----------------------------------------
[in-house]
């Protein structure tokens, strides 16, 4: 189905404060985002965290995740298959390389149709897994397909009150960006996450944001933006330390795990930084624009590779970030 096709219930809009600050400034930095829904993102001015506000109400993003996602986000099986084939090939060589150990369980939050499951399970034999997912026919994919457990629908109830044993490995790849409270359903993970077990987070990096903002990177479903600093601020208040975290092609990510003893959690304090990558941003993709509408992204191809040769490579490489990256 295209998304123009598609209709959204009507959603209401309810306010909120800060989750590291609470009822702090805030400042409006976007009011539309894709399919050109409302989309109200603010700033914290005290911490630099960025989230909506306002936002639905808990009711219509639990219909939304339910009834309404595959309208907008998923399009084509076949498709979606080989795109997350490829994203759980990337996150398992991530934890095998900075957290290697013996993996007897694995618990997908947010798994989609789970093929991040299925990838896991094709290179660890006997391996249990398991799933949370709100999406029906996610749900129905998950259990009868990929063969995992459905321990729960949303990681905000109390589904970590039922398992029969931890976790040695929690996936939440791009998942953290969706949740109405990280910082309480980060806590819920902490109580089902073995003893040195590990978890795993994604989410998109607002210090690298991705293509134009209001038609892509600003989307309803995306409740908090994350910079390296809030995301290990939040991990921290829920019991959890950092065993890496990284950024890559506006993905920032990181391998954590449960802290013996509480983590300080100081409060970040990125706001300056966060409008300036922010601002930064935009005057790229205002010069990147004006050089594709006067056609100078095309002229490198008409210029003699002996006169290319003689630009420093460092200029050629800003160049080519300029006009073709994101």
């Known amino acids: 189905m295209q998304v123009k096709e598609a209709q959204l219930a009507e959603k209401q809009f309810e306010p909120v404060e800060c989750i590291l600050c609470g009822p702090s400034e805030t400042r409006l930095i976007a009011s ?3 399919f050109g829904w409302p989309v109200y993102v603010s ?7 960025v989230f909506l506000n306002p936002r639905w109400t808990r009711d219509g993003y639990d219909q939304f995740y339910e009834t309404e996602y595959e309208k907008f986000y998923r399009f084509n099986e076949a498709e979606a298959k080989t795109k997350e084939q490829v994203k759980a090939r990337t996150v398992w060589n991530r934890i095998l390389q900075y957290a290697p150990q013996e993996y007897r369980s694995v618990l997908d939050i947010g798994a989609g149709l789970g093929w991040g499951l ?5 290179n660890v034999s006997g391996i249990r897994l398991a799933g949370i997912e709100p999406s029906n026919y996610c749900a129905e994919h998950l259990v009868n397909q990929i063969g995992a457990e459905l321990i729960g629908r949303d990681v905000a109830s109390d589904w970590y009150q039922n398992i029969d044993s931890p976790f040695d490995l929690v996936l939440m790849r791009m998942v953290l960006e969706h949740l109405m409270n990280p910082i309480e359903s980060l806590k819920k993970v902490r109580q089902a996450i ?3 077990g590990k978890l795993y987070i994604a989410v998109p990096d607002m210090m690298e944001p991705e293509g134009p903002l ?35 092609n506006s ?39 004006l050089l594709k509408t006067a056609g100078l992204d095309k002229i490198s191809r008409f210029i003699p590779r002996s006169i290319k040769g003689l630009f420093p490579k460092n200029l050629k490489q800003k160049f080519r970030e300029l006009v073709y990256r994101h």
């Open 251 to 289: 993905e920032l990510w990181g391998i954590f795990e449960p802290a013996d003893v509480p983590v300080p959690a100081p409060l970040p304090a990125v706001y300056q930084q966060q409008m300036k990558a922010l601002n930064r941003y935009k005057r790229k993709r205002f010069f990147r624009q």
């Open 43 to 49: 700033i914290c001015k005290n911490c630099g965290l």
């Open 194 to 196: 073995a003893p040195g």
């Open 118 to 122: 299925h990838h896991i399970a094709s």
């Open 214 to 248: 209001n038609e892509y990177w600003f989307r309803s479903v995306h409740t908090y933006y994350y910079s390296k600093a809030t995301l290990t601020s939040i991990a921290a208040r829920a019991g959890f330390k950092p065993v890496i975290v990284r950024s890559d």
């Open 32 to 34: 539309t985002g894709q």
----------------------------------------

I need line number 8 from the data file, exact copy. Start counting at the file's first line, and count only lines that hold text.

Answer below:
């Open 214 to 248: 209001n038609e892509y990177w600003f989307r309803s479903v995306h409740t908090y933006y994350y910079s390296k600093a809030t995301l290990t601020s939040i991990a921290a208040r829920a019991g959890f330390k950092p065993v890496i975290v990284r950024s890559d």